Wednesday, August 31, 2011

Best RA Article I've read lately. . .

Busy this week getting oldest daughter ready to leave for semester abroad, but sat down for a few minutes to look at some blogs and clicked RA Warrior. There I found a link to one of the best articles I've read lately about RA. I sighed with relief. I almost cried. You mean there is a doctor out there who understands?

The web is absolutely overrun with patient blogs who talk and rant about the need for change in the RA world, but then I go back to my rheumatologist, see the same RA commercials, hear the same yada yada from the Arthritis Foundation about diet and exercise, and deal with, as The Single Gal's Guide to RA calls it, The Loser Disease.

If anyone is listening, it certainly doesn't feel like it. And then there is this--a bright spot in RA land. Someone is listening, understanding. Perhaps someone with the power to make a difference!  Please read if you have time.  I'd appreciate it.

More on sending my daughter to China soon.

An Identity Crisis for RA :: Article

Wednesday, August 17, 2011


Well, that last post had been up far too long--but it's been too busy around here for me to write anything else! 

God is good all the time. All the time, God is good. And that about sums up my last few weeks. After the hottest July Oklahoma had ever seen--a near daily 110 degrees--it rained!! And it has continued to rain, on and off, for the past week! The drought in Texas and Oklahoma is not nearly over, but it has been so good for us to have these showers (some of the storms have been destructive though) and slightly cooler temperatures. My weary heart needed that rain just as much as the parched ground.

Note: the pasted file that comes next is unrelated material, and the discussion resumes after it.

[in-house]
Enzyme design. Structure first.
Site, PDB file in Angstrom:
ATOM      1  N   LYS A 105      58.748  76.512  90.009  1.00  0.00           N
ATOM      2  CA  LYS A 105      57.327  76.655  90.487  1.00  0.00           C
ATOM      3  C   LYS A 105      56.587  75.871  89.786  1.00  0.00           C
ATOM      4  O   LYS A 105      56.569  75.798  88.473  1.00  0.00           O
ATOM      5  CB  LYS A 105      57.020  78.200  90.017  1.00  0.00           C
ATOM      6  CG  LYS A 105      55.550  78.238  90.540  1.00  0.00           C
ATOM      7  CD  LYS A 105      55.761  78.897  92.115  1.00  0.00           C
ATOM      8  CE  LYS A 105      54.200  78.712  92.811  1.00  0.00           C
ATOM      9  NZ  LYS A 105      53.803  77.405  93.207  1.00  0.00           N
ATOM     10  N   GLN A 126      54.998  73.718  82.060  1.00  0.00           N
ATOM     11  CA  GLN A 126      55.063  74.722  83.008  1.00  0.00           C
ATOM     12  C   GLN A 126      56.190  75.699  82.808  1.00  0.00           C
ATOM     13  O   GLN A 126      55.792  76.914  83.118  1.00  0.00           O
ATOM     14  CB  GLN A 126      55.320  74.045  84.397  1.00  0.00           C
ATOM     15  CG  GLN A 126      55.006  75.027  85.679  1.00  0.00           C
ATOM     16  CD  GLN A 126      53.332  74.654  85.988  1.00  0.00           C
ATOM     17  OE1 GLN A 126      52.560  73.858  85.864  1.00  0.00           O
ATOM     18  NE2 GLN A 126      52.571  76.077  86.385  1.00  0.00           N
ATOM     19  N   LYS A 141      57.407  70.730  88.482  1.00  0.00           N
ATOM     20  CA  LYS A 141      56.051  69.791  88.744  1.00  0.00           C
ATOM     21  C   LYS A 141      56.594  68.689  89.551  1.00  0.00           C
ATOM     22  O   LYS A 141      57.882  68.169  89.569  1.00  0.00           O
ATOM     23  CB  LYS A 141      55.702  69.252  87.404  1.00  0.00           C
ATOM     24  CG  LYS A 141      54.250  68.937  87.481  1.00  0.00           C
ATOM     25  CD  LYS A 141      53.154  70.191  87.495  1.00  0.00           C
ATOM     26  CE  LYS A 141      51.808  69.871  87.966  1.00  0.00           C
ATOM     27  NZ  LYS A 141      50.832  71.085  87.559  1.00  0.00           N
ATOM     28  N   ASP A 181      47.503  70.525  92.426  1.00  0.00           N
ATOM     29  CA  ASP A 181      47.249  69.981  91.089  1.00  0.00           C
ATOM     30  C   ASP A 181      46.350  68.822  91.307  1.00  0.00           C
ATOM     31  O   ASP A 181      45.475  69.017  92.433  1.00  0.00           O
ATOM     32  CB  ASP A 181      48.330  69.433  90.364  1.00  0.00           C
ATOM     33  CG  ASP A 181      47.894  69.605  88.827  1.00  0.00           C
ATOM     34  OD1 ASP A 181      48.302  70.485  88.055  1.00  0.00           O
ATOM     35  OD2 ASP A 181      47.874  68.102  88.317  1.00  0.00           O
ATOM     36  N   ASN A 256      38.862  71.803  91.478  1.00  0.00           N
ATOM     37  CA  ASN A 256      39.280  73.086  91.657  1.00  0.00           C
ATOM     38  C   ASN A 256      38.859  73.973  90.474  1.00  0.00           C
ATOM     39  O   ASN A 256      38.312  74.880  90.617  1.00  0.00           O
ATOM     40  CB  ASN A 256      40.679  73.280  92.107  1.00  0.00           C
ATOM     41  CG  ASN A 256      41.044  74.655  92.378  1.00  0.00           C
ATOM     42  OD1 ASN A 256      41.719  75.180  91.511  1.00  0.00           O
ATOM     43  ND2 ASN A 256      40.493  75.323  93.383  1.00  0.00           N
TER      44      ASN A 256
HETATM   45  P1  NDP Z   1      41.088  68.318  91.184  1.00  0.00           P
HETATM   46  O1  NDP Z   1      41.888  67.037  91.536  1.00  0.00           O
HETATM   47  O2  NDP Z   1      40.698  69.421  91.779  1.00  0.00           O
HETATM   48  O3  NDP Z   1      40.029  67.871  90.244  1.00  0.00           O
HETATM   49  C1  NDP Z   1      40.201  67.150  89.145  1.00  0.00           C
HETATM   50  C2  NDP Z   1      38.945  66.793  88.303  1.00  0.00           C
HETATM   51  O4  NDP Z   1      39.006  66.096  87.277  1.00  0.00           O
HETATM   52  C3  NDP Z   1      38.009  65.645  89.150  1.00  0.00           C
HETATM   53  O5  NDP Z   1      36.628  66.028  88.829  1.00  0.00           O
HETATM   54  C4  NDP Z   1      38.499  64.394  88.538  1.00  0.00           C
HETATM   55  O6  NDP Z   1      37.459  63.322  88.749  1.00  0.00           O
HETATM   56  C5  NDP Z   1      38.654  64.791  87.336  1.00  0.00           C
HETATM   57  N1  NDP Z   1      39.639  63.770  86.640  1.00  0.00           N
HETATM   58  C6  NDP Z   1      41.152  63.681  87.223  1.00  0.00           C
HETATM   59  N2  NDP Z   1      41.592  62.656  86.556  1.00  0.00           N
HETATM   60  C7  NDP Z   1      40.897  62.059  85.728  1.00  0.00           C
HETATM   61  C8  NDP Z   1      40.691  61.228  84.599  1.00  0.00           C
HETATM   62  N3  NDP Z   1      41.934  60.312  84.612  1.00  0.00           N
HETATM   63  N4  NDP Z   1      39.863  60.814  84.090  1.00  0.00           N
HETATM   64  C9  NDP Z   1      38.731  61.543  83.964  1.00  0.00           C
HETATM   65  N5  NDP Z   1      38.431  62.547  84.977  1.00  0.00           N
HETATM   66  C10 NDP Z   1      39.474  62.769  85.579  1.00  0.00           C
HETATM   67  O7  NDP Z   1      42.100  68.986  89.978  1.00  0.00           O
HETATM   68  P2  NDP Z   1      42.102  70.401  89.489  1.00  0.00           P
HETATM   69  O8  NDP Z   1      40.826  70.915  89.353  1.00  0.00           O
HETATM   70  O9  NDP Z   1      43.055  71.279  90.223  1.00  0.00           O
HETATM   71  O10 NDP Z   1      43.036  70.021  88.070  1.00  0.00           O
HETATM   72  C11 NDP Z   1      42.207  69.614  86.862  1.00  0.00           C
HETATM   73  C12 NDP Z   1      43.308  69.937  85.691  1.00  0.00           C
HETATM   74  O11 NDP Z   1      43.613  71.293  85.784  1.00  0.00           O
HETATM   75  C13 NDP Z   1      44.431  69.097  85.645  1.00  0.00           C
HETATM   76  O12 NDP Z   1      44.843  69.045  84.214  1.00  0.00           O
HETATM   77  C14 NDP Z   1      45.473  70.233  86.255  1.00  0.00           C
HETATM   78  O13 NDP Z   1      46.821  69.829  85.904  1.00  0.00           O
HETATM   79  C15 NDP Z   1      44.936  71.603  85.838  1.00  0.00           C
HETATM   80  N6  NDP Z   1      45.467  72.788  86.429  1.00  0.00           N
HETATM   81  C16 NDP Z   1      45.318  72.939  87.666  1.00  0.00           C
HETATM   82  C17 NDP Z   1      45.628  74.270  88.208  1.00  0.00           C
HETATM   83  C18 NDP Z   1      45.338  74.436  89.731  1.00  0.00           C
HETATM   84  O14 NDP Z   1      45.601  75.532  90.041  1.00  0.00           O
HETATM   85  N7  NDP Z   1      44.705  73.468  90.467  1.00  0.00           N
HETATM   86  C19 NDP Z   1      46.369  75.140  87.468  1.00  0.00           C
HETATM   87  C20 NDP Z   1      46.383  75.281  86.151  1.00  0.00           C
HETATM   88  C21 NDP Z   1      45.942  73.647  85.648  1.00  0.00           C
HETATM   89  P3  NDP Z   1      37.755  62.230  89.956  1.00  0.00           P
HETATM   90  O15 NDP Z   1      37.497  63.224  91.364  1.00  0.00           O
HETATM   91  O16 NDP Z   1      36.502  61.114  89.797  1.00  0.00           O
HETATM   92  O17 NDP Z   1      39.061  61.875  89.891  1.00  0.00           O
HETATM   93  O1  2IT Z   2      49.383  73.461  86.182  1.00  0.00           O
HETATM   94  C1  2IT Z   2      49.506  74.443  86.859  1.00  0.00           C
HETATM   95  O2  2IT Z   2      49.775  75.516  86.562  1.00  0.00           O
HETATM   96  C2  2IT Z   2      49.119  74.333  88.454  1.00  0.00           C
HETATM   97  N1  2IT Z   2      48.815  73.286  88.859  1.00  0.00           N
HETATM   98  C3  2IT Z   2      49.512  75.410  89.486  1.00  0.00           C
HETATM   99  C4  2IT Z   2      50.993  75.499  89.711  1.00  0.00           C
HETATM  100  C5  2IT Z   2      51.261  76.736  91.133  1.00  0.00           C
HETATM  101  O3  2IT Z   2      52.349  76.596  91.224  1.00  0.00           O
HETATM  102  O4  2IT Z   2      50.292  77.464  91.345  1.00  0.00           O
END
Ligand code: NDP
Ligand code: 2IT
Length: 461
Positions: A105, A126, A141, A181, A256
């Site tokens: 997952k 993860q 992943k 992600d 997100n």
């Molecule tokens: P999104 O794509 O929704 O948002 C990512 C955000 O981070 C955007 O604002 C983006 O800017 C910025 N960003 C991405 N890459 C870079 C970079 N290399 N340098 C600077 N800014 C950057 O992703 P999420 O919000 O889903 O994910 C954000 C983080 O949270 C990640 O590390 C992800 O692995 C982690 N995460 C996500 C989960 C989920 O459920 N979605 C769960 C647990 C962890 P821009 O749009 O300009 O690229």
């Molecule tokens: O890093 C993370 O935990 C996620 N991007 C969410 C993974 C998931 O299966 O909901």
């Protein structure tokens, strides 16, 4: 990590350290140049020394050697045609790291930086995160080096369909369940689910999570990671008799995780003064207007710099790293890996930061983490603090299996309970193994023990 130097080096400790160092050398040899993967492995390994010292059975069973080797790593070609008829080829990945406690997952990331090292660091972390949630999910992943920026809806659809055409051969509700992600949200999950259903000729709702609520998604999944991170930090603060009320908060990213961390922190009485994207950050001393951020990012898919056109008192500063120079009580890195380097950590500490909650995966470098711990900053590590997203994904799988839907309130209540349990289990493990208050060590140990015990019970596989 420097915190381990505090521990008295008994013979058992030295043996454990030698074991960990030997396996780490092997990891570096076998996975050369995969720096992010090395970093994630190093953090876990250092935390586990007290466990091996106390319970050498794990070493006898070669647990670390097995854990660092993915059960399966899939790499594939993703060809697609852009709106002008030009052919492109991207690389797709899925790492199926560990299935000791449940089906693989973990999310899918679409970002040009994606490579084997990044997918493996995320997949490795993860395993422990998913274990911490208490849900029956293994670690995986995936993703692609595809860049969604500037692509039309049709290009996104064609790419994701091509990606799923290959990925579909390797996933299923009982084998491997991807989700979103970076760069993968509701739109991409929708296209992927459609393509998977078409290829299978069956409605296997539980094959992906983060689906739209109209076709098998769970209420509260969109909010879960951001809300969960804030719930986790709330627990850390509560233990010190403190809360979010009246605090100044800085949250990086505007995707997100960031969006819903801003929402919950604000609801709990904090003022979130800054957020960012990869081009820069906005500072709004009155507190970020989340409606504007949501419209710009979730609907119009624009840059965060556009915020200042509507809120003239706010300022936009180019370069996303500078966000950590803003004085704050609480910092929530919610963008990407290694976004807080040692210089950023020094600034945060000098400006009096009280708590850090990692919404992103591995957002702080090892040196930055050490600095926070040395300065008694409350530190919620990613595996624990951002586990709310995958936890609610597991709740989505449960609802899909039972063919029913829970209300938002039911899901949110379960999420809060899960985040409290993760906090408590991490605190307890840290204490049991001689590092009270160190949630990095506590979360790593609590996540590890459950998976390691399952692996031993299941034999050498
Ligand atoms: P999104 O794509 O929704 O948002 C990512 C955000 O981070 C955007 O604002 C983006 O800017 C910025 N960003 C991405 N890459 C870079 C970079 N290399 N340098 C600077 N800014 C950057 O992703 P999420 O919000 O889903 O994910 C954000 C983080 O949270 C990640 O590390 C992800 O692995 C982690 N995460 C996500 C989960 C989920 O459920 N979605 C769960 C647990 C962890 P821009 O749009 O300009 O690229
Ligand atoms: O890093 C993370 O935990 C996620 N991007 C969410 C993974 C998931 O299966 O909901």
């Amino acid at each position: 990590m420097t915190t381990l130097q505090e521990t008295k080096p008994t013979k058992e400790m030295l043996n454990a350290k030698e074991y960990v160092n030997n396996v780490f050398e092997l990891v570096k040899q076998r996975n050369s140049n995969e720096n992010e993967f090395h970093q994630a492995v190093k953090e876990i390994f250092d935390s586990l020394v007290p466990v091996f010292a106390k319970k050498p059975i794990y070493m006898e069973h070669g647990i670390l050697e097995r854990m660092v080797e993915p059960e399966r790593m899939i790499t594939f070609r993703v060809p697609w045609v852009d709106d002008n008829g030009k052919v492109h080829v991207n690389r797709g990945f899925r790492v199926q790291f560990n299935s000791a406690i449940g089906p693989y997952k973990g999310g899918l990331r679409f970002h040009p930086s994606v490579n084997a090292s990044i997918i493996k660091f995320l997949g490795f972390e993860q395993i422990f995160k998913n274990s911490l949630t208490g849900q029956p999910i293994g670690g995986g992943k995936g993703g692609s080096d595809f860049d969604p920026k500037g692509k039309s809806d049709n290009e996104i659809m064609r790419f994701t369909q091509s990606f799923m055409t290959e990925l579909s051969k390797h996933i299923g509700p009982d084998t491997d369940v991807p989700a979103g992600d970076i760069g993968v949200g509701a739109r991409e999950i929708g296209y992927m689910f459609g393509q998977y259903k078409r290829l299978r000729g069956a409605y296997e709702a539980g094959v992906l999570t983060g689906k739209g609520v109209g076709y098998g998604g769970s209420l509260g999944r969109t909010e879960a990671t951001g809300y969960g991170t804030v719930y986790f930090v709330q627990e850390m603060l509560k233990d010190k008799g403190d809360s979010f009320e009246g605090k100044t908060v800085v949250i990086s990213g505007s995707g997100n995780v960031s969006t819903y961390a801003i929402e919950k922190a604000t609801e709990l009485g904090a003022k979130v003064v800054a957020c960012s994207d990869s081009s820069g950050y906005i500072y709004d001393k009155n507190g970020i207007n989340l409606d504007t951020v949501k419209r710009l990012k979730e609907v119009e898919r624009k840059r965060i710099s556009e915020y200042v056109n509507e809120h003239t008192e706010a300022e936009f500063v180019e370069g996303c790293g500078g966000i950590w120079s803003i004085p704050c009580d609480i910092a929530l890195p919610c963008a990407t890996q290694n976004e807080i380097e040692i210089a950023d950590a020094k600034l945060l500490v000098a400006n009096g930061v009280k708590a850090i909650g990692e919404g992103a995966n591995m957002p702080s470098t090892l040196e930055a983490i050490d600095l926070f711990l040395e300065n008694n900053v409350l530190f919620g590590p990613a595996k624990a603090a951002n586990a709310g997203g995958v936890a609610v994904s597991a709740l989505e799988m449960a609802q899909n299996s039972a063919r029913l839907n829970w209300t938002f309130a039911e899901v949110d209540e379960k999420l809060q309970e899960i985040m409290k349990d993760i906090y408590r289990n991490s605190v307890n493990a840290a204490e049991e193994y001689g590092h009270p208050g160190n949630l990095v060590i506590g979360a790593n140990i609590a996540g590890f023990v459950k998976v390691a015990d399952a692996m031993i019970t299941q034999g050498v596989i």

And we've had two-weeks of company--my favorite thing! For some reason though, I have no pictures :( But we've had travelers passing through, good friends for a night, a couple of sets of young missionary families for dinner with their sweet, sweet kids, and my daughter's boyfriend's parents! Even though my body is tired my spirit is lifted by getting to/being able to have each of these families in our home. My hostessing ability has taken a huge hit in recent years, but my kids are old enough now that we all work as a team--Becca baked two gf cherry dump cakes in recent days--and things seem to get done. Not quite the way they would have been done in the past, but done anyway.

Enough for now--just wanted everyone to know that the pity-party didn't last too long.
Counting my blessings with the raindrops.

Wednesday, August 10, 2011

Road weary. . .but still driving

The problem with chronic illnesses is that they are, well, chronic. Even when they are not so bad, they are still there. They just go on and on. Nagging or assaulting.

It has been five years this summer since I was diagnosed with rheumatoid arthritis, since those first clumps of hair fell out in my hands and my joints stiffened into burning fire-brands. I did not realize it then, but though the disease is physical, the fiercest battle is always one for my mind and my spirit.

Every day I choose to fight another day, to be positive, to be a wife and mother and  friend and sister and daughter. But daily I have to choose. Sometimes I think of cooking dinner as climbing a mountain--one step at a time. Up and up. I reach the summit by getting dinner on the table. Step and step and step.

I got my Orencia again last week--the iv medication that I take monthly. And I restarted my methotrexate (self-injected weekly), both after a 4-month break.  Also got a cortisone injection into my elbow. It bends now! No shingles--just some mild chills that seem to have faded now. Praying for the best, and that this shingles saga will at last come to an end.